From The Heart
100 CANADIANS TO WATCH
Capturing the spirit of a country and its cultures
Their media are as rich and varied as their personalities: dance and classical music, film and the visual arts, the worlds of pop songs, novels and short stories.
But whatever the field of endeavor, they strive to bring a quality beyond the workaday to their lives—and to their audiences.
Although they are a diverse lot, they share the drive to create something uniquely Canadian.
BALLET DANCER Willowy and graceful, Tapper has energized the Canadian ballet world with her potential and her poise. In 1995, the Edmonton native beat out the international competition and won the prestigious Erik Bruhn Prize for young dancers—after having joined the National Ballet corps only months earlier. Last season, promoted to second soloist in the national troupe, she awed crowds with her performances in Cinderella and Giselle. But her greatest challenge began only last spring, while performing in Montreal in The Sleeping Beauty. “I was doing this very basic step, but my knee just kept on bending and I heard something snap,” recalls Tapper, 20. “As soon as it happened,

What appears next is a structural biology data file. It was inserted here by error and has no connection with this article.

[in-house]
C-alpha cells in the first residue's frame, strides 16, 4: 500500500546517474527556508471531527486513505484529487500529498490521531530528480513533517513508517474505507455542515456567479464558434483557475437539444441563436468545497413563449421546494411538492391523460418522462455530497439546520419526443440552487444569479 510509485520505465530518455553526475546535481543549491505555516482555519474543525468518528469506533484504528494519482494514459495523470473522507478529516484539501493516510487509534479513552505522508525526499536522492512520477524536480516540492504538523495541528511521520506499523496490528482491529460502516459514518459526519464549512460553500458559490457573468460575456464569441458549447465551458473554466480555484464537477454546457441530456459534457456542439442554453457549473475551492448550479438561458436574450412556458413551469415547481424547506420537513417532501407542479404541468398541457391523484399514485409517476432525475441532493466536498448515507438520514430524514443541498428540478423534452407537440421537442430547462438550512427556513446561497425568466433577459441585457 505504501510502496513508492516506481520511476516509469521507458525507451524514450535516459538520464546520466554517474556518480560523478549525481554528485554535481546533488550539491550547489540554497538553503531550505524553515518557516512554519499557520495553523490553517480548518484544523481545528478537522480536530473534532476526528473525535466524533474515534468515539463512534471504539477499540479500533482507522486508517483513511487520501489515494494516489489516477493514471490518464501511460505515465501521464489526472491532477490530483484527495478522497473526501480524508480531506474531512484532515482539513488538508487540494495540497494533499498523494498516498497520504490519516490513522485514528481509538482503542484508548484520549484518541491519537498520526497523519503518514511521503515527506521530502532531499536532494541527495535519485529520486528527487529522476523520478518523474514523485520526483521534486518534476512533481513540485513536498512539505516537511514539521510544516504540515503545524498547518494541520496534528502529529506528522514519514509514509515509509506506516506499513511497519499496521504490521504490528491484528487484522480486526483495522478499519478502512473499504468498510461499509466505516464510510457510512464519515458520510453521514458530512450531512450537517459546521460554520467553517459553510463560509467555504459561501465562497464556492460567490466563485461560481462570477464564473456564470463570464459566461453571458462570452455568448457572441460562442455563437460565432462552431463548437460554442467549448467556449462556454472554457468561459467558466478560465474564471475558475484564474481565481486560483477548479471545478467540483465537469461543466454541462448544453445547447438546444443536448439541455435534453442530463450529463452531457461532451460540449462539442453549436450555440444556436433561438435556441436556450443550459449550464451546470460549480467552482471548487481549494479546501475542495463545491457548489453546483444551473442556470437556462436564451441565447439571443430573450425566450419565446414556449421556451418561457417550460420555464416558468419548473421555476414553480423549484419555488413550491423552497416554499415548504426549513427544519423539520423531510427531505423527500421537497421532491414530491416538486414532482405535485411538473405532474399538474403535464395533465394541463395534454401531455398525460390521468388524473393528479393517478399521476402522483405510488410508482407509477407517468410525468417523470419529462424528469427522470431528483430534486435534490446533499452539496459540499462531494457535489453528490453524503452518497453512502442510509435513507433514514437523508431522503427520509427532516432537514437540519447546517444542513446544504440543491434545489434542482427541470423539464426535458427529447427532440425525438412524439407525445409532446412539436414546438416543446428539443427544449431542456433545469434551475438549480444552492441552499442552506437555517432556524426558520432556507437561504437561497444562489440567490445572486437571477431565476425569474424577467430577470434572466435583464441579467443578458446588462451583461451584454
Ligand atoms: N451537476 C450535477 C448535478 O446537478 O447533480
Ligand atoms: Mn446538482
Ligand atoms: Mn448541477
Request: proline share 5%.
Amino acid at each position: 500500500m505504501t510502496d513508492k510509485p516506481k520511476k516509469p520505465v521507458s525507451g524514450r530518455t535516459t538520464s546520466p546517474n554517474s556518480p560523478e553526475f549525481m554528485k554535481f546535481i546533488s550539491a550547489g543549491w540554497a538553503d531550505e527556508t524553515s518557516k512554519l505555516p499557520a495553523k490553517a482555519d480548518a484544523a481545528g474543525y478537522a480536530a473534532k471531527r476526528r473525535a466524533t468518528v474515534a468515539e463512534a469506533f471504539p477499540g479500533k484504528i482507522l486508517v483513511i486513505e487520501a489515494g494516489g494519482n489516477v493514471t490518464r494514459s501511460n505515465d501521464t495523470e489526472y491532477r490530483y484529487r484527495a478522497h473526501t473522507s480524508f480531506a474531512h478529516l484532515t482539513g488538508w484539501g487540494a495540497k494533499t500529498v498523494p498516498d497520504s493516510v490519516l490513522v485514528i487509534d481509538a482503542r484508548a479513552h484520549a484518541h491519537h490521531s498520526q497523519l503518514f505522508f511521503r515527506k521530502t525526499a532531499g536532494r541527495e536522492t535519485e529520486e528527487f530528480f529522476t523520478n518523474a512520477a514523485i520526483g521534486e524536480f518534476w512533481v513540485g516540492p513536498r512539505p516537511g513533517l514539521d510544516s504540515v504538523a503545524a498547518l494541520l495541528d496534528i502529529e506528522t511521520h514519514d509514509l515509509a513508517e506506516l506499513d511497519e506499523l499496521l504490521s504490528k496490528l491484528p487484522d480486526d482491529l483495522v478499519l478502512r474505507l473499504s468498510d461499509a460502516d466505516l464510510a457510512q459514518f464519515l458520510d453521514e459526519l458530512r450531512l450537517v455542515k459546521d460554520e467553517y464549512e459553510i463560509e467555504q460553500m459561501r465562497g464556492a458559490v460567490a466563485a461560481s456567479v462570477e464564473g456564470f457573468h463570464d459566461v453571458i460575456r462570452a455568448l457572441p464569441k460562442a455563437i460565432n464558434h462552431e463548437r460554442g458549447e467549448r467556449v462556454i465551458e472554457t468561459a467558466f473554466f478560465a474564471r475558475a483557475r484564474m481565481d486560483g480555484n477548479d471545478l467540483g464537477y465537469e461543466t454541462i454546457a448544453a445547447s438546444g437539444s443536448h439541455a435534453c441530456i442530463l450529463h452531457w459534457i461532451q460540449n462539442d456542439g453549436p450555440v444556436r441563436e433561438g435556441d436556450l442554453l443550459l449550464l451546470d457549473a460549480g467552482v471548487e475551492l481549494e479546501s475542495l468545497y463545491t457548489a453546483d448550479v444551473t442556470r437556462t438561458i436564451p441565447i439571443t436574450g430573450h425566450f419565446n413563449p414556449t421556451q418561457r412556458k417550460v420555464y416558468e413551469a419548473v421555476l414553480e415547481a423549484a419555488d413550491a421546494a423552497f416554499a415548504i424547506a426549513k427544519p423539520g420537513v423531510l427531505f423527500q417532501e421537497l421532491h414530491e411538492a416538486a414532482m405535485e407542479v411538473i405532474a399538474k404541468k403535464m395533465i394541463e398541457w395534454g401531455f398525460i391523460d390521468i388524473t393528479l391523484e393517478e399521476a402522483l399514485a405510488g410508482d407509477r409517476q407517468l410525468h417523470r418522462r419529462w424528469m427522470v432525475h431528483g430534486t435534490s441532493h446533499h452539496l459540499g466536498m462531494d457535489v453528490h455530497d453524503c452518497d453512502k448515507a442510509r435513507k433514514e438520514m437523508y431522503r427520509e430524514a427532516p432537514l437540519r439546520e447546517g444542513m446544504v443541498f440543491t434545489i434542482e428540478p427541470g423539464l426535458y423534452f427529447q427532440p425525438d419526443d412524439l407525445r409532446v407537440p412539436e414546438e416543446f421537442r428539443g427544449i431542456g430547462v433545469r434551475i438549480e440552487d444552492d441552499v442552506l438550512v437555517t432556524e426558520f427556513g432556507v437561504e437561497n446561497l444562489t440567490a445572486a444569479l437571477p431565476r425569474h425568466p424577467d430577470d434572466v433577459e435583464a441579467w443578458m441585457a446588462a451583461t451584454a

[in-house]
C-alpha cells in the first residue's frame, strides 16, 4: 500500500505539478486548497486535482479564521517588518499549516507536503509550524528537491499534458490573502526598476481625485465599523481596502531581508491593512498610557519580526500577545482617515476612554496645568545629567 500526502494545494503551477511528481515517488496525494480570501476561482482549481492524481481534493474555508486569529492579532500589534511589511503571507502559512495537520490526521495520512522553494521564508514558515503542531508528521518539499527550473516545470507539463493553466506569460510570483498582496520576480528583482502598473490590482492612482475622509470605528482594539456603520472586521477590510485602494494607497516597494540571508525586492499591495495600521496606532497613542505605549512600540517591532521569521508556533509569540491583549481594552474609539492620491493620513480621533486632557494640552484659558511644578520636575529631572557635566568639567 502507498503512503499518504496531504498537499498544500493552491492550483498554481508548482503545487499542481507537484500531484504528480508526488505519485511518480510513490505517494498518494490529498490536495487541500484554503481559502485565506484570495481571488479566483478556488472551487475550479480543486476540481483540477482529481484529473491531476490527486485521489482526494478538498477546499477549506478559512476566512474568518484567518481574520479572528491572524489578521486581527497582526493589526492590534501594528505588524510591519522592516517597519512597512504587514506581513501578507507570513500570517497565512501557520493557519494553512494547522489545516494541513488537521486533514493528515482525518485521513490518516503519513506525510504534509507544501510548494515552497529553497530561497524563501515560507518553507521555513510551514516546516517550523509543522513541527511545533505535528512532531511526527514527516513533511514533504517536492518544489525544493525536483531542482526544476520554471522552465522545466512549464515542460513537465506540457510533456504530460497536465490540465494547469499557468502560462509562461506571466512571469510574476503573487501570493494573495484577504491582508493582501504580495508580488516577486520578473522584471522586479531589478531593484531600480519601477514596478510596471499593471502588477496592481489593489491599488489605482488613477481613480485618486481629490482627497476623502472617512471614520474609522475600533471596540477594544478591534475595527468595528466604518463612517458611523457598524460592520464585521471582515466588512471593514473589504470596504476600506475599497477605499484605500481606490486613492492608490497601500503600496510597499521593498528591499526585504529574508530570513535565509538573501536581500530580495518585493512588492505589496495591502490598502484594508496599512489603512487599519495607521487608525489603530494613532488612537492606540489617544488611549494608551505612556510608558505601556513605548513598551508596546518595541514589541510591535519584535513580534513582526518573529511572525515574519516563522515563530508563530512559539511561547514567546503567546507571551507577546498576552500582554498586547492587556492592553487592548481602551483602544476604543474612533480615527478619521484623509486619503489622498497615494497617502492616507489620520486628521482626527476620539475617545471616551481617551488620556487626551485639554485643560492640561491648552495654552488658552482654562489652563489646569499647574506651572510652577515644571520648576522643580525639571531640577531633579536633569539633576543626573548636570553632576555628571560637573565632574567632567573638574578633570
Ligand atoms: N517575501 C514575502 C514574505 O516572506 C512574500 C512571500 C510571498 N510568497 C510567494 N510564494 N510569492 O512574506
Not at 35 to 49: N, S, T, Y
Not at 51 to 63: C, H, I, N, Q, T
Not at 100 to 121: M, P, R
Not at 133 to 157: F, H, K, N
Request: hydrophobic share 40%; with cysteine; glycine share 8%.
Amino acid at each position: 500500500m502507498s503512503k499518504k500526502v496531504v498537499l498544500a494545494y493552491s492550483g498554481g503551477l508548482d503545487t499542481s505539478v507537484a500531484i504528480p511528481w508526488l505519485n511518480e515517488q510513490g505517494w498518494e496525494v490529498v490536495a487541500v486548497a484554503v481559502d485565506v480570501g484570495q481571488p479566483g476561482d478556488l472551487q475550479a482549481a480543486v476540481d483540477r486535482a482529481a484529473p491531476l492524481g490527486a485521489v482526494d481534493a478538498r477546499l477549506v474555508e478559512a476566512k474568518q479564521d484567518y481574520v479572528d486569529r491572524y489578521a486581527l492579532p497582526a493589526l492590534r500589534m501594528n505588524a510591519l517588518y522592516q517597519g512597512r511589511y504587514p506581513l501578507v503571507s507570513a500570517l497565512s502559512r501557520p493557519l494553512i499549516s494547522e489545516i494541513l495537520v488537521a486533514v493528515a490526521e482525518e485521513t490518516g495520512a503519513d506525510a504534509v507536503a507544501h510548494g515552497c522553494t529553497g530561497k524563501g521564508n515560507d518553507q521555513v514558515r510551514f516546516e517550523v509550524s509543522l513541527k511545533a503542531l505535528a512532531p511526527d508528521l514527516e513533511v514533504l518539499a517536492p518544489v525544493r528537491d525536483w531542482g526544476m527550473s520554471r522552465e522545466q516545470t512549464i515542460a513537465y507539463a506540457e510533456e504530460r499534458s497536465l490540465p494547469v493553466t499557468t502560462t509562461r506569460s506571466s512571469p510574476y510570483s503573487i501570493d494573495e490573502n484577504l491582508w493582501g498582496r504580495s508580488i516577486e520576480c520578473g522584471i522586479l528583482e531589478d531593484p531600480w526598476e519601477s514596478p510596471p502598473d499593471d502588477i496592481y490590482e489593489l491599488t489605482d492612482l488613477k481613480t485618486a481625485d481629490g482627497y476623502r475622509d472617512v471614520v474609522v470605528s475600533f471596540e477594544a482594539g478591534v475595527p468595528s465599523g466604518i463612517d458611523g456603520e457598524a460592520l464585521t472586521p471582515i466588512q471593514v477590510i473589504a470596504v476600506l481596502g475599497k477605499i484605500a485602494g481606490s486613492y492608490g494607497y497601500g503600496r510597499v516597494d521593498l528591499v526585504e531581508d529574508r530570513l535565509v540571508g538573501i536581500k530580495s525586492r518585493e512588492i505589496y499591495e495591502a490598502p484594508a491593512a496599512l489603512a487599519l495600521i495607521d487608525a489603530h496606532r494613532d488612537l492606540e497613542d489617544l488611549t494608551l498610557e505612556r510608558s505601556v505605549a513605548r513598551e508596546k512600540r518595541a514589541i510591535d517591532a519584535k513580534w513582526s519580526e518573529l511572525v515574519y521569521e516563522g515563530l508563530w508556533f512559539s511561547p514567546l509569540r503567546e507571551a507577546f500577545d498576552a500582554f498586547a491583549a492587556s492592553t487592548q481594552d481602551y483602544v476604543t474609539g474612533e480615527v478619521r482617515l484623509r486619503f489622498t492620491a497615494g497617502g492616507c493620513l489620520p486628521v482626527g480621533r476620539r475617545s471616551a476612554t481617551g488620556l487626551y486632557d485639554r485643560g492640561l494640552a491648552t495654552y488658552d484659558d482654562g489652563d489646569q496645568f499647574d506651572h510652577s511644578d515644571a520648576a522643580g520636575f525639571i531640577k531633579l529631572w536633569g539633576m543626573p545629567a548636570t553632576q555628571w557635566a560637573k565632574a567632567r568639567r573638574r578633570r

I knew it was bad.” The injury—a torn knee ligament—required surgery and will prevent her from resuming her rehearsal schedule until August. Now, the challenge is to maintain her strength, in body and mind. “I’m pretty good at overcoming things,” Tapper says confidently. “No matter how much talent you have, it’s the really hard worker who’s going to make it.” With that attitude, she has already won at least half the battle.
FASHION DESIGNER She launched her career with the help of a sexy mohair sweater. In 1994, Toronto Life Fashion magazine ran a photo of the cropped knit top that Bizjak—then a fashion student at Ryerson Polytechnic University—had created for a school assignment. “Stores started calling me, saying, ‘Can I get that sweater?’ ” recalls the 31-year-old designer, who quickly arranged financing, imported some yarn and hired local